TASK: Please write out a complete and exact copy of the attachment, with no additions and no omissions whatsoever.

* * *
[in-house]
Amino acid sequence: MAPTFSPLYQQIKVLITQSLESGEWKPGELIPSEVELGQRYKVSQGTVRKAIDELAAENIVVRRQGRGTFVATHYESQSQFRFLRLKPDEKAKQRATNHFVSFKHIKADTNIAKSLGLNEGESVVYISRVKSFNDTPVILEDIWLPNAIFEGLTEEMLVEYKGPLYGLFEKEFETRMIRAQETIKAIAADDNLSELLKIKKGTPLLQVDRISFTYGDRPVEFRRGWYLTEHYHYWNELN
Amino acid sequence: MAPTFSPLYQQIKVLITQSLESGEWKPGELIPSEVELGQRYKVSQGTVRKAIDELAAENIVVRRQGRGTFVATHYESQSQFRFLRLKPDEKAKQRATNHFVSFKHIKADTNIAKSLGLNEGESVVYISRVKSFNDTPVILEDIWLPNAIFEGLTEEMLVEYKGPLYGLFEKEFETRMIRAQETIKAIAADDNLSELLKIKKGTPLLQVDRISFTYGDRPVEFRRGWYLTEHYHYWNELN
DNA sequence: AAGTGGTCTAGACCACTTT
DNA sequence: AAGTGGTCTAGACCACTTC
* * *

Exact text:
[in-house]
Amino acid sequence: MAPTFSPLYQQIKVLITQSLESGEWKPGELIPSEVELGQRYKVSQGTVRKAIDELAAENIVVRRQGRGTFVATHYESQSQFRFLRLKPDEKAKQRATNHFVSFKHIKADTNIAKSLGLNEGESVVYISRVKSFNDTPVILEDIWLPNAIFEGLTEEMLVEYKGPLYGLFEKEFETRMIRAQETIKAIAADDNLSELLKIKKGTPLLQVDRISFTYGDRPVEFRRGWYLTEHYHYWNELN
Amino acid sequence: MAPTFSPLYQQIKVLITQSLESGEWKPGELIPSEVELGQRYKVSQGTVRKAIDELAAENIVVRRQGRGTFVATHYESQSQFRFLRLKPDEKAKQRATNHFVSFKHIKADTNIAKSLGLNEGESVVYISRVKSFNDTPVILEDIWLPNAIFEGLTEEMLVEYKGPLYGLFEKEFETRMIRAQETIKAIAADDNLSELLKIKKGTPLLQVDRISFTYGDRPVEFRRGWYLTEHYHYWNELN
DNA sequence: AAGTGGTCTAGACCACTTT
DNA sequence: AAGTGGTCTAGACCACTTC